Apple’s relationship with China has become trickier than ever this month as it banned an app that was used by protesters in Hong Kong, then allowed it again, only to ban it the next week. Now US lawmakers from both sides of the aisle have sent a letter to Apple CEO Tim Cook criticizing the company of censorship and asking it to put “values above market access.”
Reported by Bloomberg, senators and representatives wrote the letter to Cook including Ted Cruz, Alexandria Ocasio-Cortez, Ron Wyden, Tom Cotton, Marco Rubio, Mike Gallagher, and Tom Malinowski.
“Apple’s decisions last week to accommodate the Chinese government by taking down HKmaps is deeply concerning,” they wrote in a letter to Cook, urging Apple to “reverse course, to demonstrate that Apple puts values above market access, and to stand with the brave men and women fighting for basic rights and dignity in Hong Kong.” Apple didn’t respond to a request for comment on Friday.
In an open letter Cook penned to Apple employees, he said that the decision was made to remove the HKmap Live app because it was in violation of Hong Kong law and to foster user safety.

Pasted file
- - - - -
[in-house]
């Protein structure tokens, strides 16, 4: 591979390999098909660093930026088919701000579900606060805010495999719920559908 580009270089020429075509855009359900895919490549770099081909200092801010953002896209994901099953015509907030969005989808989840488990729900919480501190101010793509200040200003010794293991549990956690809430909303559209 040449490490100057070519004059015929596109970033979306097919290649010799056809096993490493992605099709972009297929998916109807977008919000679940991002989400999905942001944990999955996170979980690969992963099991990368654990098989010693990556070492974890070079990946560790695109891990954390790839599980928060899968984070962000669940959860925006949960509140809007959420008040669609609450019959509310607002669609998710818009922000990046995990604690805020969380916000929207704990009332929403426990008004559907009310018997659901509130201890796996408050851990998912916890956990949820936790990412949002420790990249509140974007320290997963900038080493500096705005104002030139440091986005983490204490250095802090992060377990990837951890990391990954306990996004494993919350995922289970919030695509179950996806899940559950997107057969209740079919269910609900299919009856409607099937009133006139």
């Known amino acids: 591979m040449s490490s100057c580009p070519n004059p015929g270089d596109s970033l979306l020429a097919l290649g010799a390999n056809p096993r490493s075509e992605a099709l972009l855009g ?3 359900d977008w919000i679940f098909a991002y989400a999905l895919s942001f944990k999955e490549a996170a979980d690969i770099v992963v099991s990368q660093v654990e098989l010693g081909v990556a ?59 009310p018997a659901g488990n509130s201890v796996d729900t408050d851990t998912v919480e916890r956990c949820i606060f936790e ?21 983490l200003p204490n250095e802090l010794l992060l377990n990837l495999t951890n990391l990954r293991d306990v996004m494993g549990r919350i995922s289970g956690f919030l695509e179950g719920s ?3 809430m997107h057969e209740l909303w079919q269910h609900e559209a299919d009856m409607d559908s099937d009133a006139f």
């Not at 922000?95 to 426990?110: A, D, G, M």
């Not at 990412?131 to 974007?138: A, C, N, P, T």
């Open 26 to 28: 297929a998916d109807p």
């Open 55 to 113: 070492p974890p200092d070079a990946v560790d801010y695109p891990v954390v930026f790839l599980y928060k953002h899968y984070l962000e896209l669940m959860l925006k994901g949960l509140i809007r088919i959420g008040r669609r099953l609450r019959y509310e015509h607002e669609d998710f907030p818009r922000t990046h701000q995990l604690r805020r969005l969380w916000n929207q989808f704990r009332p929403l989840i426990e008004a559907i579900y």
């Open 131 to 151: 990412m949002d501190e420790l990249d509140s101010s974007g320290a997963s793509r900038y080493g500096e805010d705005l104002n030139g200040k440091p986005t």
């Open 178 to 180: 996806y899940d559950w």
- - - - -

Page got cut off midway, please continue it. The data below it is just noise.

However, over the past several days we received credible information, from the Hong Kong Cybersecurity and Technology Crime Bureau, as well as from users in Hong Kong, that the app was being used maliciously to target individual officers for violence and to victimize individuals and property where no police are present. This use put the app in violation of Hong Kong law. Similarly, widespread abuse clearly violates our App Store guidelines barring personal harm.
The lawmakers who wrote this letter of concern to Cook aren’t just talking about this recent example with HKmap Live. They believe Apple has censored at least 2,200 apps including VPNs that can help those in China who are oppressed and are no doubt considering all of those as they ask Apple to put “values above market access” going forward.
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